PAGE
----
Students at Appoquinimink High School got an up close look at the first fish in space Friday afternoon.
This semester, Samantha Neubert's Animal Science class will work hands on in breeding Fundulus heteroclitus, also known as the mummichog or mud minnows, in a project aimed to help the fishing industry.
The ultimate goal of the project is to answer the question, Neubert said, is if a native species can be saved by human intervention and ingenuity.
"We have been doing weekly water readings," Neubert said. "We will monitor their growth and mortality rate."
On Sept. 28, Delaware State University Graduate Research Assistant Cory Janiak presented her experiments involving mummichogs to the Level Two Animal Science class at Appoquinimink High School.
Over the past few weeks, students in Neubert's level two class has been monitoring three tanks of water, a control tank, a small fish tank where the eggs will be placed, and the larger pond where the fish will go once they reach a certain size.
Soon, they will get their own shipment of mummichogs that they will monitor.
"The students involved in the mummichog project will acquire knowledge that isn't taught by books," Neubert said. "They'll be challenged to accurately and systematically collect data, answer questions and analyze a real world problem."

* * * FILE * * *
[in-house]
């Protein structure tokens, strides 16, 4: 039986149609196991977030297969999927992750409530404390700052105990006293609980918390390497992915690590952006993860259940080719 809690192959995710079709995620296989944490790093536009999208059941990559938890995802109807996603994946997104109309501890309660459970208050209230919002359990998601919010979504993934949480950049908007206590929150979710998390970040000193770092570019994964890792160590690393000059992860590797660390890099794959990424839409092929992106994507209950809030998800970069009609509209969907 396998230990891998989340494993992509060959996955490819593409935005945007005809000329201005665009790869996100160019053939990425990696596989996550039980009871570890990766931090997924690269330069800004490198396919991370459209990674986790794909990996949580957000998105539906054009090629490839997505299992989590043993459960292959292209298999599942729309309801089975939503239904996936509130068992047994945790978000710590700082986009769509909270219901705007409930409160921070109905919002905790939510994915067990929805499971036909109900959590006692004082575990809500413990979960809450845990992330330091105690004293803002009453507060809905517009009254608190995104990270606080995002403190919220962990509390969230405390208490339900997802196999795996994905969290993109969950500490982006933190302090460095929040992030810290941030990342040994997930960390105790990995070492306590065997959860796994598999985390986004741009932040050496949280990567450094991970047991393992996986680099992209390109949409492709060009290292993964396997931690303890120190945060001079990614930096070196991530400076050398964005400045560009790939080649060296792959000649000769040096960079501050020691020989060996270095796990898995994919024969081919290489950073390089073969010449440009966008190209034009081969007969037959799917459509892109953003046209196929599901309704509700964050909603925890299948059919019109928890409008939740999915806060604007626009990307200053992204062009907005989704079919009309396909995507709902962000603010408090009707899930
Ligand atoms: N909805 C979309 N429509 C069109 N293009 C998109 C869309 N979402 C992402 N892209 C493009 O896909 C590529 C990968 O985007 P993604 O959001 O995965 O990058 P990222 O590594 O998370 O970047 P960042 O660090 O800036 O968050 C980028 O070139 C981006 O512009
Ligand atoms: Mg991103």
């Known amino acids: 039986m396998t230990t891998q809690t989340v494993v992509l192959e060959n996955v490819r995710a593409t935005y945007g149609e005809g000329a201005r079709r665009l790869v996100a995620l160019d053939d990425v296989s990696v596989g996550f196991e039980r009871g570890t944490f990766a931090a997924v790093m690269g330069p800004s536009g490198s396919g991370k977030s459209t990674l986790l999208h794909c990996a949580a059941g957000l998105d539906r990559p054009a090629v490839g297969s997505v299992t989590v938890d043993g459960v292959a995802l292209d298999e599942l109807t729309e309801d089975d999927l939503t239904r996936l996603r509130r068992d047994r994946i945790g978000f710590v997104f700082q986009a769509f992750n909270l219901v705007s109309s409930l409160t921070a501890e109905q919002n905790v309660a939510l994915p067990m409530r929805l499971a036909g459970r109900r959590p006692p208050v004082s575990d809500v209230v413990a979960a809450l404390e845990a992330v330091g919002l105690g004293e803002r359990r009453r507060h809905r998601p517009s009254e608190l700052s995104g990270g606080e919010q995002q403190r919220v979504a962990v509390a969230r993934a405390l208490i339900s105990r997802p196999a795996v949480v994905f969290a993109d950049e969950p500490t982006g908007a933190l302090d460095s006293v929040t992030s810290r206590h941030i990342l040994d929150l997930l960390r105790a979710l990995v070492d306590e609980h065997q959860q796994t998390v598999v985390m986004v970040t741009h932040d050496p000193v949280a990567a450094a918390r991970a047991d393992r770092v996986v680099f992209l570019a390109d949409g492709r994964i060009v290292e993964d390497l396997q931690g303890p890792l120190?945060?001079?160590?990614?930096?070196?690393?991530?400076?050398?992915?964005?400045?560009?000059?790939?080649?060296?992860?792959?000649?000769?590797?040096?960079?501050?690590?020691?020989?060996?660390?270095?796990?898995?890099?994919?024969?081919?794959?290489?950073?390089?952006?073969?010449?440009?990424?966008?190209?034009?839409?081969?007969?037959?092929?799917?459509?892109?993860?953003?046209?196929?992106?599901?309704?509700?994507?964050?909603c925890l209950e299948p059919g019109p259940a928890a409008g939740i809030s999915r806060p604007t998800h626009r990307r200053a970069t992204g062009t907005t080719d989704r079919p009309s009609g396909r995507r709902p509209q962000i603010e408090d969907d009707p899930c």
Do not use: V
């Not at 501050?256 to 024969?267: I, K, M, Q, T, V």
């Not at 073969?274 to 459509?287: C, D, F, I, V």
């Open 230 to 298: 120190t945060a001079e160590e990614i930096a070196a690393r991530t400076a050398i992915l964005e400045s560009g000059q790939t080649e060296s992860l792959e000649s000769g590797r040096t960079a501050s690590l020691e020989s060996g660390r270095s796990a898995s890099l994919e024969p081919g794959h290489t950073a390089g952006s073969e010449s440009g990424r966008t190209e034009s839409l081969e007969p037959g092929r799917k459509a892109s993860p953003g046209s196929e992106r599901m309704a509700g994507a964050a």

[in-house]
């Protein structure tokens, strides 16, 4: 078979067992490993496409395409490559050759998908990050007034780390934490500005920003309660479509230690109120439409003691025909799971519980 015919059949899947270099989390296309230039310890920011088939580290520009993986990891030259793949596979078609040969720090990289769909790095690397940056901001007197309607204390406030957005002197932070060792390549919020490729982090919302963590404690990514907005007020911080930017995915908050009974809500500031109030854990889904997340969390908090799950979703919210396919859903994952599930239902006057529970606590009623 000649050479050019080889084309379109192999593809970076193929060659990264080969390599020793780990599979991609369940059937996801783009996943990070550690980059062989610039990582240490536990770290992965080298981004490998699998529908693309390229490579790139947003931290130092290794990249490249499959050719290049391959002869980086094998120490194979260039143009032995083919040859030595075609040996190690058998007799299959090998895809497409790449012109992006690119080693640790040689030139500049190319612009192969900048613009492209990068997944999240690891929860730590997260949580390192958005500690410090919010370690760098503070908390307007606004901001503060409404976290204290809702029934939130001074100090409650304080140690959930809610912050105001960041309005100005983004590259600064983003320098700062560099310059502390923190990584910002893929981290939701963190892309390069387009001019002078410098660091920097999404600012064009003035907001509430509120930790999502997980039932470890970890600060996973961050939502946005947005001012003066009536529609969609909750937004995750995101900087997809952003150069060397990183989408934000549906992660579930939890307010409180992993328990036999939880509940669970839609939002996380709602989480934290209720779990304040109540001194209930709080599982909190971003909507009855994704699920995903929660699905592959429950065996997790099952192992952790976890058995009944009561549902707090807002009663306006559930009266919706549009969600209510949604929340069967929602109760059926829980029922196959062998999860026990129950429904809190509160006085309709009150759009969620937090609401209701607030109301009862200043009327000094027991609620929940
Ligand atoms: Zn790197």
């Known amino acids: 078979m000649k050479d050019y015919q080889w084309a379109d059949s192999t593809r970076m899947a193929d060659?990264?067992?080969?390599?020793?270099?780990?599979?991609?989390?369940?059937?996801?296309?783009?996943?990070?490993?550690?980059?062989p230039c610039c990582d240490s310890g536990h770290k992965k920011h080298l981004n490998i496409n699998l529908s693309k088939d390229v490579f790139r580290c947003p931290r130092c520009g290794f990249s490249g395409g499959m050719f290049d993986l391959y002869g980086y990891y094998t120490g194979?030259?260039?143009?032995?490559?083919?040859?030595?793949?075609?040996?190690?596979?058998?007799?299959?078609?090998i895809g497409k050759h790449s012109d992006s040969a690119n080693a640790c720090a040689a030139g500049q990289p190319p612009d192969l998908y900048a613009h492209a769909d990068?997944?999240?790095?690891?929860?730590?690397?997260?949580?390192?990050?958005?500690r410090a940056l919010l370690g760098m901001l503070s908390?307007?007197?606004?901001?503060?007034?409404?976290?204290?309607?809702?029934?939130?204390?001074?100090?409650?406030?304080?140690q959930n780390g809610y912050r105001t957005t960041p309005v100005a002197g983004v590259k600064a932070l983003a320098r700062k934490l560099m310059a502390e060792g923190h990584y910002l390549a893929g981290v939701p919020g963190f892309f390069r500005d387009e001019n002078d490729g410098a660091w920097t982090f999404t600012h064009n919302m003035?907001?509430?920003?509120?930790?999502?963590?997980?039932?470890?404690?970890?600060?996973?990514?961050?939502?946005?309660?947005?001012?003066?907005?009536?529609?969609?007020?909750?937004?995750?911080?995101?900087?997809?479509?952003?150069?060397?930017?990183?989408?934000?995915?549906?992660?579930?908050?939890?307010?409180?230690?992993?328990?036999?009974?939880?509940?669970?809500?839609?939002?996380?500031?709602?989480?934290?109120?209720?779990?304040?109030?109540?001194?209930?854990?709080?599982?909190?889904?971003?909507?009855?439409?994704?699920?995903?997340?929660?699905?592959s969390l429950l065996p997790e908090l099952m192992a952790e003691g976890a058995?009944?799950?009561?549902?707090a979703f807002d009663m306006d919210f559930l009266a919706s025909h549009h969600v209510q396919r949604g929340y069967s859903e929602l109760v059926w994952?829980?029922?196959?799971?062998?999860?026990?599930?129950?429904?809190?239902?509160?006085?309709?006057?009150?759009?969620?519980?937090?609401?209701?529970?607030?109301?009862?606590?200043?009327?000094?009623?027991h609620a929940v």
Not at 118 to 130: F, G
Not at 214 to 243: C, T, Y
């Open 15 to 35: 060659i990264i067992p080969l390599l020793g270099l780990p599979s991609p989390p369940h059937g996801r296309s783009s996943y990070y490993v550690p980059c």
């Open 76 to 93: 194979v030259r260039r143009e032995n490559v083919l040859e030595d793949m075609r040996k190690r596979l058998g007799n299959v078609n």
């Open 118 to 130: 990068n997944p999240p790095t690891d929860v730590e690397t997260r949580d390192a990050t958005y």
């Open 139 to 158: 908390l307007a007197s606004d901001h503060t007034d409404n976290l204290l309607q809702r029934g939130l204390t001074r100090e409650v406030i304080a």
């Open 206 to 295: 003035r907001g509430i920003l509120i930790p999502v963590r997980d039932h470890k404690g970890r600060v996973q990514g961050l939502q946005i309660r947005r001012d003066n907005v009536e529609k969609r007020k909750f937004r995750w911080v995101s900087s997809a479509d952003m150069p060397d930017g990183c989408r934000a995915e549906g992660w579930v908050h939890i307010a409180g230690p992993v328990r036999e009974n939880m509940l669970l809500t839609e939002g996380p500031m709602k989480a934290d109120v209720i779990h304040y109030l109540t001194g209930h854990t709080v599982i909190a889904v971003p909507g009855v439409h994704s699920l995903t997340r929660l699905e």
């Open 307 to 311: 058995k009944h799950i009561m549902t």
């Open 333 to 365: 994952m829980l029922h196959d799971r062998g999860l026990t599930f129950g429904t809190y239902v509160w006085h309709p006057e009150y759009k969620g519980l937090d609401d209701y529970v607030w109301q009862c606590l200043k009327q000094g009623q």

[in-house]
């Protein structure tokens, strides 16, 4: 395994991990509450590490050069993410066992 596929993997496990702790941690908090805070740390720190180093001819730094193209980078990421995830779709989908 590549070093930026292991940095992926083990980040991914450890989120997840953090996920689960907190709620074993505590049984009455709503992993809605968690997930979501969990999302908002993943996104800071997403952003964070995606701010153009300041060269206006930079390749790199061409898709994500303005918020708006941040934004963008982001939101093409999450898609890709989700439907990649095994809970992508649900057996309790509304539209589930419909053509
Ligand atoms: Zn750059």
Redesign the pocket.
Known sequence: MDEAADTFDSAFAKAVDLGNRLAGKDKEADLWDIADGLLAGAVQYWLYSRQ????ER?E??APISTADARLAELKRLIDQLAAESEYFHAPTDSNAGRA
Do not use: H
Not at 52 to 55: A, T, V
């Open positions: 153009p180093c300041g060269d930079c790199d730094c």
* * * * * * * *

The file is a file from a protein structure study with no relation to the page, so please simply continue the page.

Janiak showed the students the egg collectors that she designed to assist the mummichogs with reproduction.
The female fish lay the eggs and then the male fish come along and fertilize them, she explained. The egg collector keeps the first from eating the eggs and it keeps debris from entangling with them.
Janiak also shared a fun fact with the students – that the mummichog was the first fish NASA ever sent into outer space.
The hatch experiment will help with Janiak's research, Neubert said. Students will log what they observe and keep track of how many eggs hatch and the mortality rate of the species.
"It's a cool end goal," Neubert said. "It'll see what minimum care does for the fish to stay healthy."
The students in her class will spend about two to three months on the project. When the fish are small, they will stay in a smaller tank, then when they are larger, they will be let loose into the pond in the school's laboratory.
Neubert said that the project will be fun for students, and it is one of those cool, random things that interest students in the animal science field.